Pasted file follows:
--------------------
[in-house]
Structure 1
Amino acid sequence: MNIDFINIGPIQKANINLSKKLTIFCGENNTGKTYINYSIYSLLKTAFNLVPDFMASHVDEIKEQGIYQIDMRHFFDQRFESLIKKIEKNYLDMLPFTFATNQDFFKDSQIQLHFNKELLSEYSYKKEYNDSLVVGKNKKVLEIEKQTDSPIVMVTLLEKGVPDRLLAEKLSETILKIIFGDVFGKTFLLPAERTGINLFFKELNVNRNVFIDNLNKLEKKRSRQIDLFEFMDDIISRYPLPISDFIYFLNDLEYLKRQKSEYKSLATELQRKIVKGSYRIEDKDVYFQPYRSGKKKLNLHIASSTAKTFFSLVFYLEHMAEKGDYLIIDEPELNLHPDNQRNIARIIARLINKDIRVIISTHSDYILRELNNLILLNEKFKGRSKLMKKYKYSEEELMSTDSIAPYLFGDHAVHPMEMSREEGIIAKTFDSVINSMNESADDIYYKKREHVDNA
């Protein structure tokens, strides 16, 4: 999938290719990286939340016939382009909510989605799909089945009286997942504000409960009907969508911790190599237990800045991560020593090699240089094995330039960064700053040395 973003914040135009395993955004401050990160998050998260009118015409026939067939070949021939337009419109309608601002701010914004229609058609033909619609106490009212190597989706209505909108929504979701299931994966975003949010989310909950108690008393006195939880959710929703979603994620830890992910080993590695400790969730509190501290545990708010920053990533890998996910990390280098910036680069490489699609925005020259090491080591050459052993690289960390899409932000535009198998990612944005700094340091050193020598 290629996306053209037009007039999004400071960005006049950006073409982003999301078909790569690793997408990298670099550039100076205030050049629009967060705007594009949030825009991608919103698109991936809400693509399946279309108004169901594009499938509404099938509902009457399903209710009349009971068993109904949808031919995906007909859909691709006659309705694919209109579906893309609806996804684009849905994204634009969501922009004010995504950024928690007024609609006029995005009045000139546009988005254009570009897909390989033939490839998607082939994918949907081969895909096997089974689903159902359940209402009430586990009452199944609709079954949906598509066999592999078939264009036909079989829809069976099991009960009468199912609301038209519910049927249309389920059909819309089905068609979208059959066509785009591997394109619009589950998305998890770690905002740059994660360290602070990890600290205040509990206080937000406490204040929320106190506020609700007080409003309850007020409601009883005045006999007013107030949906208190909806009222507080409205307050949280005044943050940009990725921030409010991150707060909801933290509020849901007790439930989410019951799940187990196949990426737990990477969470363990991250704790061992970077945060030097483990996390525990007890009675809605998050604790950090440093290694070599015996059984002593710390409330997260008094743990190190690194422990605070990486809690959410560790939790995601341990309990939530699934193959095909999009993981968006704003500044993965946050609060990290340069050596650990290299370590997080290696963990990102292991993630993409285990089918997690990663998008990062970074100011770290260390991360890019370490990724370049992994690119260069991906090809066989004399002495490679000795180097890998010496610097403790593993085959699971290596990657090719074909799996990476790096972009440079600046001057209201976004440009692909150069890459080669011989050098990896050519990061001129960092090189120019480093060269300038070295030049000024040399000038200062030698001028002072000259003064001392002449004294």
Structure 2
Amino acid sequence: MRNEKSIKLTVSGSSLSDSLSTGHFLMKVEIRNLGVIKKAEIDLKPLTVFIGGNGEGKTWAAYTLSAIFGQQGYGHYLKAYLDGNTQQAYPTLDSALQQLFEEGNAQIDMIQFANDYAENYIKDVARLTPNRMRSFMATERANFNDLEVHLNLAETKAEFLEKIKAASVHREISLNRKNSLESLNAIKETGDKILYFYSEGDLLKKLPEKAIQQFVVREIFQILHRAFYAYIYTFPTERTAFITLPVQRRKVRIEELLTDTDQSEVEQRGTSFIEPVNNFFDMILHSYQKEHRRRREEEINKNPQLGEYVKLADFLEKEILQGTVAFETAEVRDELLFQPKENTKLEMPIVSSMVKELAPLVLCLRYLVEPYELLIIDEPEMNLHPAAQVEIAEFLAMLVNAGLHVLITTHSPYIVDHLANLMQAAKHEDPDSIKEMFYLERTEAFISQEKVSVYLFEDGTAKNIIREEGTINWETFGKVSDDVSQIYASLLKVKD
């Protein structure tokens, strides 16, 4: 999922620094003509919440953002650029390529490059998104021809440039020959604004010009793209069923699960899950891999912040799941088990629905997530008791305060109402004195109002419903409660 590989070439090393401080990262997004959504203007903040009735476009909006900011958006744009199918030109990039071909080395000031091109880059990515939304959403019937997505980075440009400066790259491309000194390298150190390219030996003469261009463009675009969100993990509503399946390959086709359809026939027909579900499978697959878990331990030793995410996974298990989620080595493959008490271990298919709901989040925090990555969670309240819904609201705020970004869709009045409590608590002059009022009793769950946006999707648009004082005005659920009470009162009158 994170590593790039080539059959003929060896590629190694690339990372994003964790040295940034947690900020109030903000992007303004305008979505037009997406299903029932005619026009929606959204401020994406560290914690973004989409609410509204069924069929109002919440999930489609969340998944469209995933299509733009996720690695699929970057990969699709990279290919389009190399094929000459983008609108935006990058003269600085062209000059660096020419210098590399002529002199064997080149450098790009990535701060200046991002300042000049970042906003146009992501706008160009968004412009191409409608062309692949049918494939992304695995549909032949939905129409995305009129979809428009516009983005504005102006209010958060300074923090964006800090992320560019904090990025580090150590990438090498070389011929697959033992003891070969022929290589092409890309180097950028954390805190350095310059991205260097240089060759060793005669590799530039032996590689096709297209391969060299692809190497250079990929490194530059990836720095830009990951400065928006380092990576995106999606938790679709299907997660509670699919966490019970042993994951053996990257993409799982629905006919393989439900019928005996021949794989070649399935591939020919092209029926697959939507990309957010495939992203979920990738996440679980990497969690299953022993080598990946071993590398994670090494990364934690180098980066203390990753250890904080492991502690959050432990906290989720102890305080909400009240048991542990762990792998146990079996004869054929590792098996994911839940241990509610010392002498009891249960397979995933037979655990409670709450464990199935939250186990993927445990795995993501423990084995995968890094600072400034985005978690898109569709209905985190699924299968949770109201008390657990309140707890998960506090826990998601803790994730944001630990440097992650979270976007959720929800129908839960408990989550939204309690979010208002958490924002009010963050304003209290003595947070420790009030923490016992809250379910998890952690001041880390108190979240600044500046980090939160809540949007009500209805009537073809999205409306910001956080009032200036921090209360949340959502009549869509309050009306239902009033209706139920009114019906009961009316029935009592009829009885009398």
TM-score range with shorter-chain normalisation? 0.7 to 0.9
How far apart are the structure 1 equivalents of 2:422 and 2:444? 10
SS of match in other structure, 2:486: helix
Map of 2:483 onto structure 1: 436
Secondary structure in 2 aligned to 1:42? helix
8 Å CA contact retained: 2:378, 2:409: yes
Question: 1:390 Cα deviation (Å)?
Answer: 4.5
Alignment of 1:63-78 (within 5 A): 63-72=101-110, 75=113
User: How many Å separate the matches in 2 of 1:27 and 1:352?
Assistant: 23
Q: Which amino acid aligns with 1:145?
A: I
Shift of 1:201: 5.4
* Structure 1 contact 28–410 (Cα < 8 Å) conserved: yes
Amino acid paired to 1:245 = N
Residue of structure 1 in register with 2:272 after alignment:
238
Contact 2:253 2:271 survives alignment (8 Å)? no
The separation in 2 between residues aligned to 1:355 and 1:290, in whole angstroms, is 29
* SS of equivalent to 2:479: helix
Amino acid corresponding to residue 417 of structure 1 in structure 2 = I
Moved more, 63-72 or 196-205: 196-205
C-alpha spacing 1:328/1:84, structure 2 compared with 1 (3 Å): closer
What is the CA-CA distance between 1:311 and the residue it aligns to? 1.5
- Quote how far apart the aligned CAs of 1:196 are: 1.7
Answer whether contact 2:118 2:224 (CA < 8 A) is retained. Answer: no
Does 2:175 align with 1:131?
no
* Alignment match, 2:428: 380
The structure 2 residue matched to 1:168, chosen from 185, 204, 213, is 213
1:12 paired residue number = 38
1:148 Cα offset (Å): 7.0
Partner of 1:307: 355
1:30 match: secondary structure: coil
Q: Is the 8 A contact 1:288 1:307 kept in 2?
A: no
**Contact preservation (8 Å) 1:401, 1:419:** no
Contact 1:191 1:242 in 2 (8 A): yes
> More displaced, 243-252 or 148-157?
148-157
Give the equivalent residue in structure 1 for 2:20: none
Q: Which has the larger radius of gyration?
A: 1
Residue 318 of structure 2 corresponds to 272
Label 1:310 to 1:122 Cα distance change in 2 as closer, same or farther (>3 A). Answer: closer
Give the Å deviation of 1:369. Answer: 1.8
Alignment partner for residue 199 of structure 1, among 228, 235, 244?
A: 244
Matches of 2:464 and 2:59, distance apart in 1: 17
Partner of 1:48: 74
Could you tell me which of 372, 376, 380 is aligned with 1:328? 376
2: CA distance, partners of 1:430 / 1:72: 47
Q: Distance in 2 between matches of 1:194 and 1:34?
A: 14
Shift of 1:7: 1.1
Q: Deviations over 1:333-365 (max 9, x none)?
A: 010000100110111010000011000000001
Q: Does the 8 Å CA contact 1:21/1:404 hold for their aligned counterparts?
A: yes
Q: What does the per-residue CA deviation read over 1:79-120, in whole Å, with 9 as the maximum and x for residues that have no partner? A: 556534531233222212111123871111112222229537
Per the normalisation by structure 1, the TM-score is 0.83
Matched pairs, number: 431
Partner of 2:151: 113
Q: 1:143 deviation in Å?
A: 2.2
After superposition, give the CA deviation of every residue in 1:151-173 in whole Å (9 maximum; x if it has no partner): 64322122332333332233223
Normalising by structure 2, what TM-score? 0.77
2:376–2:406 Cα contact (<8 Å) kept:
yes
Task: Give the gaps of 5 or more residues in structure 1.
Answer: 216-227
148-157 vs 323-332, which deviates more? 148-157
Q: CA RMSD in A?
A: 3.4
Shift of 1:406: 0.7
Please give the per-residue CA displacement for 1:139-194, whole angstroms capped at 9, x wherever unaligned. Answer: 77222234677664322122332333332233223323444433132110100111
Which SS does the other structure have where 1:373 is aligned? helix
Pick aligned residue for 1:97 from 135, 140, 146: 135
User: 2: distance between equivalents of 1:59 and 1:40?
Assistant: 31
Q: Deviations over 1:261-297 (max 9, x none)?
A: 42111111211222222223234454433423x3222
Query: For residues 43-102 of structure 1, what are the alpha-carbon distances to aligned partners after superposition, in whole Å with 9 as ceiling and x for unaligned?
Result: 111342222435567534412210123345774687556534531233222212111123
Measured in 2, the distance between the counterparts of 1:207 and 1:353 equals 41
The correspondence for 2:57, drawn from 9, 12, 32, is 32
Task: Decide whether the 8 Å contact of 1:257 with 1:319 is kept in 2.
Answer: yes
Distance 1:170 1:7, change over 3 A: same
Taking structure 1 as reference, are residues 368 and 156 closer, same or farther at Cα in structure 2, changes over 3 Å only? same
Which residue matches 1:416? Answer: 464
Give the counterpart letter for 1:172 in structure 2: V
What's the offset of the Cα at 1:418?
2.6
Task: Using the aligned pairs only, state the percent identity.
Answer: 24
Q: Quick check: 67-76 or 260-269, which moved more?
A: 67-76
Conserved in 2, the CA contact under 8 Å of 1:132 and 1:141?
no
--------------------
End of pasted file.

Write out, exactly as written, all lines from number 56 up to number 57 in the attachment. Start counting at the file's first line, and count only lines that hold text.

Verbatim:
A: 244
Matches of 2:464 and 2:59, distance apart in 1: 17